Oh, Outriders. You leave me with so many mixed emotions. From an entertainment perspective, I cannot stop playing this game. The Gears of War-inspired combat mixed with unique powers and endless loot creates such an enjoyable experience, especially when playing alongside friends. However, when examining this game from an accessibility perspective, Outriders is an unpolished, unfinished title that is afraid to fully commit to the greater accessibility movement.
Developed by People Can Fly and published by Square Enix, Outriders follows the story of an interstellar explorer tasked with scouting the unknown terrain of a new homeworld. After encountering a strange natural force known as The Anomaly, your character develops supernatural powers which they must use to rid the planet of a decades-long conflict. It’s your standard looter shooter with cool abilities and satisfying combat that unfortunately suffers from several minor accessibility barriers that, through extensive sessions, transforms into an exhausting mess.
Like most AAA titles, Outriders does feature numerous accessibility options, beginning with the capability to customize controls. However, the game fails to let disabled players change every key, such as ‘Caps Lock’ and ‘Y’ with regards to switching the World Tier difficulty. For disabled individuals that require specific keys, whether it be due to limited reach or positional comfort, restricting the use of any function creates unnecessary strain and discomfort. For example, I extensively use ‘Caps Lock’ to aim in games. This also lets me free up a button on my mouse for another function.
While ultimately minor, losing a customizable button means I have less keys that I can apply for necessary moves or actions. As for changing the World Tier, Outriders does let players use a virtual keyboard, but a game should not force individuals to use third-party software if a feature can be customized.
As for toggling or holding features like aiming and sprinting, Outriders is incredibly accessible. There is even an option which lets disabled individuals press a single button to gather all loot from a desired rarity within the surrounding area. Yet, Outriders again fails to apply these features to every aspect. When dismantling equipment, an integral component to any looter shooter, players must hold the specific action. Even when progressing through the world, individuals need to hold the confirm key to progress. After particularly long engagements, the last thing I want to do is hold a button just to continue playing the game.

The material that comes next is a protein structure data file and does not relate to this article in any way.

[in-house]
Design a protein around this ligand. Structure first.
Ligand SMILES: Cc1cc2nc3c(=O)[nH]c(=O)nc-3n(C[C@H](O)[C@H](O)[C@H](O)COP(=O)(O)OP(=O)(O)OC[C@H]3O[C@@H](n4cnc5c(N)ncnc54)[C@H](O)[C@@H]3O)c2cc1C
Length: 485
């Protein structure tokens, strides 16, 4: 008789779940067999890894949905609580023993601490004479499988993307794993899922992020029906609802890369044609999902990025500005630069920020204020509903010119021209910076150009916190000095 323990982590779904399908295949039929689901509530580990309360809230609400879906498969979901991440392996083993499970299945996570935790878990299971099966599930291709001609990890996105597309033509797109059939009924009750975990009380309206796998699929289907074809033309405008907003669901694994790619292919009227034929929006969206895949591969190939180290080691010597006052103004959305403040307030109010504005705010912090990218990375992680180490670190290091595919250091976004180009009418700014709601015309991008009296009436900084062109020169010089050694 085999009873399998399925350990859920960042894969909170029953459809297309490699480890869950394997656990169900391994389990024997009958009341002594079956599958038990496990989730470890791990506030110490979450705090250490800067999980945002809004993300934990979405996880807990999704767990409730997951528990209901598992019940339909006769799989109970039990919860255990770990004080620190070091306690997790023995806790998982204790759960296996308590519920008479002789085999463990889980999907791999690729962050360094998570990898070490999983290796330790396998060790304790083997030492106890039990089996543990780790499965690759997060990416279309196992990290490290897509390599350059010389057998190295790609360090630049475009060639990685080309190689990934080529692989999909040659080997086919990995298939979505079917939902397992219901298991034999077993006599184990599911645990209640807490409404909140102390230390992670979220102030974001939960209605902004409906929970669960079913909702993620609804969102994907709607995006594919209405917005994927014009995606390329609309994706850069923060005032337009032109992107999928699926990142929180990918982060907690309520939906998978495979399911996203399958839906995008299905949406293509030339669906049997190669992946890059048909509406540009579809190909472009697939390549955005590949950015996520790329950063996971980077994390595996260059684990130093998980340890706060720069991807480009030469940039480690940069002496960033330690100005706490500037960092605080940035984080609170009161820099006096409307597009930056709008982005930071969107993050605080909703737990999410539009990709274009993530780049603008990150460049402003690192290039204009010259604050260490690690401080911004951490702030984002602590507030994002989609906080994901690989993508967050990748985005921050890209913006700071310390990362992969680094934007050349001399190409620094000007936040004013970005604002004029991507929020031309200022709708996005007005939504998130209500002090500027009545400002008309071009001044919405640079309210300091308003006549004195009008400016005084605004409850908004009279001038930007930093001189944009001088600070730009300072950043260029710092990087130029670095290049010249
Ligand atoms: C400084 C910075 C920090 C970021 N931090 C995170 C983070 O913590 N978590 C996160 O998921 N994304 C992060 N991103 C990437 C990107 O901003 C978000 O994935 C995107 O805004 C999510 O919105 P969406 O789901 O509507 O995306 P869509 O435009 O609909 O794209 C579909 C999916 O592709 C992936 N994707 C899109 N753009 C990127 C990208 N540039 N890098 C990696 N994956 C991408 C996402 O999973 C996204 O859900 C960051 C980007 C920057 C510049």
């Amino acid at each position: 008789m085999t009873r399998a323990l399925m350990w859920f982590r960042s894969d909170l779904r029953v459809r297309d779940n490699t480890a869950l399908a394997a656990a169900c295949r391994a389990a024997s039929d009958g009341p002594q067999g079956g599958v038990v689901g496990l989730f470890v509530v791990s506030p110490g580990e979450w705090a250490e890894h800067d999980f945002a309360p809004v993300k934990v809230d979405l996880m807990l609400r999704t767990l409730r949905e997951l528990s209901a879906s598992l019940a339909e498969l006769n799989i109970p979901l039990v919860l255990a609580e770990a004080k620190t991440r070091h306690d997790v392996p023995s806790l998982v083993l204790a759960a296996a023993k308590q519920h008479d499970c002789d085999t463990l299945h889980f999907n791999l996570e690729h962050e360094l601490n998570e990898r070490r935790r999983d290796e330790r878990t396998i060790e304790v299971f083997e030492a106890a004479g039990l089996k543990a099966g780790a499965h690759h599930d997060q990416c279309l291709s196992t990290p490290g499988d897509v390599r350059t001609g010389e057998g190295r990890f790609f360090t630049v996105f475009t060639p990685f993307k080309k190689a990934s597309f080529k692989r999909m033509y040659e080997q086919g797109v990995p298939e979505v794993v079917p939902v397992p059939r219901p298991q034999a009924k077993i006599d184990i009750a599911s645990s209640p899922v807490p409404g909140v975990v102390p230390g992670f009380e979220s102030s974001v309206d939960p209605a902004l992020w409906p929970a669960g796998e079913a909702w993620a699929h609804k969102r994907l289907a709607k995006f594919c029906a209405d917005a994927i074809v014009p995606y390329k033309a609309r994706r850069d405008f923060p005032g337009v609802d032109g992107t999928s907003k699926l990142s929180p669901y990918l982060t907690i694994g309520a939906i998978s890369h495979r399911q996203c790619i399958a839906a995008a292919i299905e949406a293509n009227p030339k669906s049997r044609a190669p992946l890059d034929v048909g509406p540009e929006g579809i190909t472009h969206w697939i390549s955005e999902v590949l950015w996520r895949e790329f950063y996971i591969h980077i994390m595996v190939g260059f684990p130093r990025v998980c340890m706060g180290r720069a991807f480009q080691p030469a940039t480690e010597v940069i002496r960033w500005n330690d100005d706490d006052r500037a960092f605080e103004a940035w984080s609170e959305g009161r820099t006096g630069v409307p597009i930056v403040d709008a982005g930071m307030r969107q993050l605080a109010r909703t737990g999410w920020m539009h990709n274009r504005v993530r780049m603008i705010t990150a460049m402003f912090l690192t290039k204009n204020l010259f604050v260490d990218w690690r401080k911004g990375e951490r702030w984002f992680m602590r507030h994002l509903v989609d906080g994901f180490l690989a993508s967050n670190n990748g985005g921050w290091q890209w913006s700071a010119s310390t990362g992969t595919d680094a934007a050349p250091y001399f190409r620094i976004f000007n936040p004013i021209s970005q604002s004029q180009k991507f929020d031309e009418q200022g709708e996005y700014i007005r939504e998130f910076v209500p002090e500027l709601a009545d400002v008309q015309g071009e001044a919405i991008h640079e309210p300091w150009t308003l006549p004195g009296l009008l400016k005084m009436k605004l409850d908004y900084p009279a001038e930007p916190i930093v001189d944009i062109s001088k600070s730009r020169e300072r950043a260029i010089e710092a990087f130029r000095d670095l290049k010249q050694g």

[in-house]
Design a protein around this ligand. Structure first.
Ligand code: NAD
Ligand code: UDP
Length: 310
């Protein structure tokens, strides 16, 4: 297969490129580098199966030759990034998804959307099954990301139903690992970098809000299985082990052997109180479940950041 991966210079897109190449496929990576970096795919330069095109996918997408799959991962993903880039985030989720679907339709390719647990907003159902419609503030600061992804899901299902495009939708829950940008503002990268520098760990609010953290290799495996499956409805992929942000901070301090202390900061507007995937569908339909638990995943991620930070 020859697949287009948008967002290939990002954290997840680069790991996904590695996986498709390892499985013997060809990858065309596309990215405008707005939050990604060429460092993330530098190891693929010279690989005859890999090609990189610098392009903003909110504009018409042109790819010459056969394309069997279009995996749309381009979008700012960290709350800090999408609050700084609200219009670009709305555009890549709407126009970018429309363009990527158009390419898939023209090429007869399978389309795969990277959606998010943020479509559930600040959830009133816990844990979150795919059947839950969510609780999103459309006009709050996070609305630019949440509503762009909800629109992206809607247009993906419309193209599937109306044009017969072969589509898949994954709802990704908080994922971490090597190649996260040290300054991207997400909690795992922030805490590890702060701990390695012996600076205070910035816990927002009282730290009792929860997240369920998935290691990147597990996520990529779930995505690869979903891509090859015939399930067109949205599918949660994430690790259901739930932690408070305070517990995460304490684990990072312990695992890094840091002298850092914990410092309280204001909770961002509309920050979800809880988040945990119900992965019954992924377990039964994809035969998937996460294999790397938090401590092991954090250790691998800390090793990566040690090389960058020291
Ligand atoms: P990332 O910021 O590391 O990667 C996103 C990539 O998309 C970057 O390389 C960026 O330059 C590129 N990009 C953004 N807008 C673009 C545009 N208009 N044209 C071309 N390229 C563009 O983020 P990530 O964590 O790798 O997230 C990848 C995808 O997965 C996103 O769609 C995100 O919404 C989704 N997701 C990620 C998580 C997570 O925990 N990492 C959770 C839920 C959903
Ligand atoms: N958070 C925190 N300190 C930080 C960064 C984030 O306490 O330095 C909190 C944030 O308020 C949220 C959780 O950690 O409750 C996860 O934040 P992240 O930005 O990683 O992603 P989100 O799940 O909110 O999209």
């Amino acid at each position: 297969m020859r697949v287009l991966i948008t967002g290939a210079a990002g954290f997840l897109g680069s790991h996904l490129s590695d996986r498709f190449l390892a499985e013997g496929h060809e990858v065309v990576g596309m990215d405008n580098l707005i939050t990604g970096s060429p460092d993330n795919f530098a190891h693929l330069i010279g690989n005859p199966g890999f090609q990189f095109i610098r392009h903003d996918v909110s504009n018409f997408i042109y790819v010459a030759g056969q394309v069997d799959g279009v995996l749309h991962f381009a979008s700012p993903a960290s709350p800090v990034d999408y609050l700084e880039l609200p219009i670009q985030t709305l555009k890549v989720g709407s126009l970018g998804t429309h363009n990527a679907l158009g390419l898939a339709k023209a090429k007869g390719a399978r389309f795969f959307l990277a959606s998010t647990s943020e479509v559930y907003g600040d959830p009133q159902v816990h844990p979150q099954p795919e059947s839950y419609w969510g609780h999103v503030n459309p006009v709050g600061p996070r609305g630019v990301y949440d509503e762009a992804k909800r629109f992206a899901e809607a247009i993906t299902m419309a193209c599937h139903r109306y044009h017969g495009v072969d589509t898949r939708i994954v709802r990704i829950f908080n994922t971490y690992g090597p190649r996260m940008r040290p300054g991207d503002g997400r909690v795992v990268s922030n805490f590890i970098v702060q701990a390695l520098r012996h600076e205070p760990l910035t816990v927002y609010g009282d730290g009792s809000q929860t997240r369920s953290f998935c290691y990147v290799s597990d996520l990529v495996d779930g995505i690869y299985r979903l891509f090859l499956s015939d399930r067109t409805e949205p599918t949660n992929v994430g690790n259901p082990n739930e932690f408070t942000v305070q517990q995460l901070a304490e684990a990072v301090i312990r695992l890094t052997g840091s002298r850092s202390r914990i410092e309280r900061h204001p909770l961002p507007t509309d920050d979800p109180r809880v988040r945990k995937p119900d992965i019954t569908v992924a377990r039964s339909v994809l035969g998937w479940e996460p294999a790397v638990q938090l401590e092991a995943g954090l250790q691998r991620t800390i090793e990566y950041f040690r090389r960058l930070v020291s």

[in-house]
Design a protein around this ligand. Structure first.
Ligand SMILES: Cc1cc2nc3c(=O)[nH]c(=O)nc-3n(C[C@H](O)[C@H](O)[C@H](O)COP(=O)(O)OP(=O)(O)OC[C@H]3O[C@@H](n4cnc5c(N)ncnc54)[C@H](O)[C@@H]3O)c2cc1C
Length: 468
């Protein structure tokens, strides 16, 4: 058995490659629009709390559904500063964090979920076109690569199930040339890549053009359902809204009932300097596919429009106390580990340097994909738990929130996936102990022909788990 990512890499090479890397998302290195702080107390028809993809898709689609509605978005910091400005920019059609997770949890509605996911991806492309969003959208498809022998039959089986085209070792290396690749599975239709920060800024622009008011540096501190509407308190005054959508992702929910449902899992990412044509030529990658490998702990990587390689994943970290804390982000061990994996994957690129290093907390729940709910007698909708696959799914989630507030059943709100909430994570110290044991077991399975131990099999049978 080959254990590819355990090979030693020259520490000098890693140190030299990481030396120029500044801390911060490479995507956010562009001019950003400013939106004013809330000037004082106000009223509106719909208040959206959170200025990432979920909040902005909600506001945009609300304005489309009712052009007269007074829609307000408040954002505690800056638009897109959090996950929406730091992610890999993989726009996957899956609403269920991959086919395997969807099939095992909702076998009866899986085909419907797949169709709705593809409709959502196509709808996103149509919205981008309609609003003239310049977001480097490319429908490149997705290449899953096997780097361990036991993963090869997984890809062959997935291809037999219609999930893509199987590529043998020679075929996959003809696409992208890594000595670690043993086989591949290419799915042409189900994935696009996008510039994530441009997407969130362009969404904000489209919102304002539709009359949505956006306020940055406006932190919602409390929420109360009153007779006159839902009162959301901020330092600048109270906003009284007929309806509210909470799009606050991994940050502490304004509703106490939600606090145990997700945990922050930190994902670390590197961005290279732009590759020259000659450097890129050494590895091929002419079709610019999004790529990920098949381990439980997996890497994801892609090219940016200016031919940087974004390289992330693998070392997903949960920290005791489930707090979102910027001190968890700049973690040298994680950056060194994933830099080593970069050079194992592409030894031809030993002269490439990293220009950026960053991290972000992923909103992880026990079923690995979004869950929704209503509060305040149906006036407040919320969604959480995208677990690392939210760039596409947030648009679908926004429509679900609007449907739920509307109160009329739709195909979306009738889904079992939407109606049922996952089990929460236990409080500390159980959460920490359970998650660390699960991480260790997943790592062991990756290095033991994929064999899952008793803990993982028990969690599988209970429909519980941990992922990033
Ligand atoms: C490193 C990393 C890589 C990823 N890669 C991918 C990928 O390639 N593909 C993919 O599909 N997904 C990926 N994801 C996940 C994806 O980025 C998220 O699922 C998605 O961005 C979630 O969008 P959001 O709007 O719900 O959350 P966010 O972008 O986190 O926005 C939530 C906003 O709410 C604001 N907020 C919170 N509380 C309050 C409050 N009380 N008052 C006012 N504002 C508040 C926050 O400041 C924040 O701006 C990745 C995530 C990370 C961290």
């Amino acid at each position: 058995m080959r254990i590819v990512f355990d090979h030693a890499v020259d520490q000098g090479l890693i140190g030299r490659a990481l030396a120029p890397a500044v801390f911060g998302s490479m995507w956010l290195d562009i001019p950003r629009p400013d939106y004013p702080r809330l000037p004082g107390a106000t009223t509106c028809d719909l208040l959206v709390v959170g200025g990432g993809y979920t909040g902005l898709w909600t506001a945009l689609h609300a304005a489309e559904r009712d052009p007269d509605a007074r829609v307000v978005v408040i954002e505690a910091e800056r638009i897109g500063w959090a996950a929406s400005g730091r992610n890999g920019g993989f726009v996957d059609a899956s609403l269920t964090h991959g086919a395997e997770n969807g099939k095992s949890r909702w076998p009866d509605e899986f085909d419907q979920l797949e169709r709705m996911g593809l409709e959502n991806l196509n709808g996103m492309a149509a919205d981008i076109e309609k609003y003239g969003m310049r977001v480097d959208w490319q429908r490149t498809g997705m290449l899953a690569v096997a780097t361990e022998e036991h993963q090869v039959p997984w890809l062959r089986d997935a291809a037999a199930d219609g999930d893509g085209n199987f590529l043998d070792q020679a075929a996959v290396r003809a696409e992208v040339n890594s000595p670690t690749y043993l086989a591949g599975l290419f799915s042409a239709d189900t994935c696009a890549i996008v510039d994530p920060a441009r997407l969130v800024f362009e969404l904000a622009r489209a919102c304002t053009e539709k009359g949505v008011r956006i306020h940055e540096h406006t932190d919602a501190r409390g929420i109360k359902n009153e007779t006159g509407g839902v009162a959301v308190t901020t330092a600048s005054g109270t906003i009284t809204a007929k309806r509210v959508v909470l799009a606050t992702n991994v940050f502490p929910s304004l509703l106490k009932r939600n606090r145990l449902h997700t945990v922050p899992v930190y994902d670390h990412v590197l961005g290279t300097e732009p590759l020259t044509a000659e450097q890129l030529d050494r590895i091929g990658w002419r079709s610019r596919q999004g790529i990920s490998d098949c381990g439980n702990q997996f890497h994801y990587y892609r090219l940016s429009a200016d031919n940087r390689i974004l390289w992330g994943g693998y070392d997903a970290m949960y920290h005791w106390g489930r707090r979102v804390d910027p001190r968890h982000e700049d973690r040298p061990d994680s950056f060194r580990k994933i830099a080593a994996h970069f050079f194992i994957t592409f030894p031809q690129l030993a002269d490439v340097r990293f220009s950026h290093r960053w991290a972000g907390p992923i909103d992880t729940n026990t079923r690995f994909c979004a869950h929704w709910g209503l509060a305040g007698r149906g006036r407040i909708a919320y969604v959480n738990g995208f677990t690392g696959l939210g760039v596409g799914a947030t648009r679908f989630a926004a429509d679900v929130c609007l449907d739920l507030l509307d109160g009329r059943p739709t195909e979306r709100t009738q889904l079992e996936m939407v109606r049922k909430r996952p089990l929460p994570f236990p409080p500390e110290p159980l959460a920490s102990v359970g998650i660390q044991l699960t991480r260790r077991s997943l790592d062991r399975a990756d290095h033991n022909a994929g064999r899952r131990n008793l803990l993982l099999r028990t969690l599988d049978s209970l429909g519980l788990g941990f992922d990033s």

These recurring issues ultimately affect Outriders’ overall ease of use. As a shooter, it performs incredibly well, especially with Gears-like cover mechanics, hip firing and ability choices. Outriders even features an interesting method to restore health. Depending on which Anomaly class you choose the varying ways in which you deal damage will determine how you heal your character. As a Devastator, players heal when they are in close proximity to enemies. As the Technomancer, my current class, I get healed whenever I deal any form of damage, whether through my abilities or guns.
Depending on your physical limitations, choosing a class based on its capability to heal is a perfectly viable and accessible strategy, one which I encourage more looter shooters to implement. Unfortunately, the inconsistent control customization, coupled with the lack of toggling interactive instances makes Outriders incredibly frustrating and tiring to play during extensive gaming sessions.
Outriders is an amalgamation of quality accessible features that gets overshadowed by a perplexing lack of accessibility commitment. For those with mobility issues, Outriders is best played with a group of friends and in short spurts.
As a game, I cannot wait to resume looting and shooting with my friends. As an accessible title, Outriders makes me question how much attention People Can Fly gave to and embraced accessibility guidelines because sadly it misses the mark.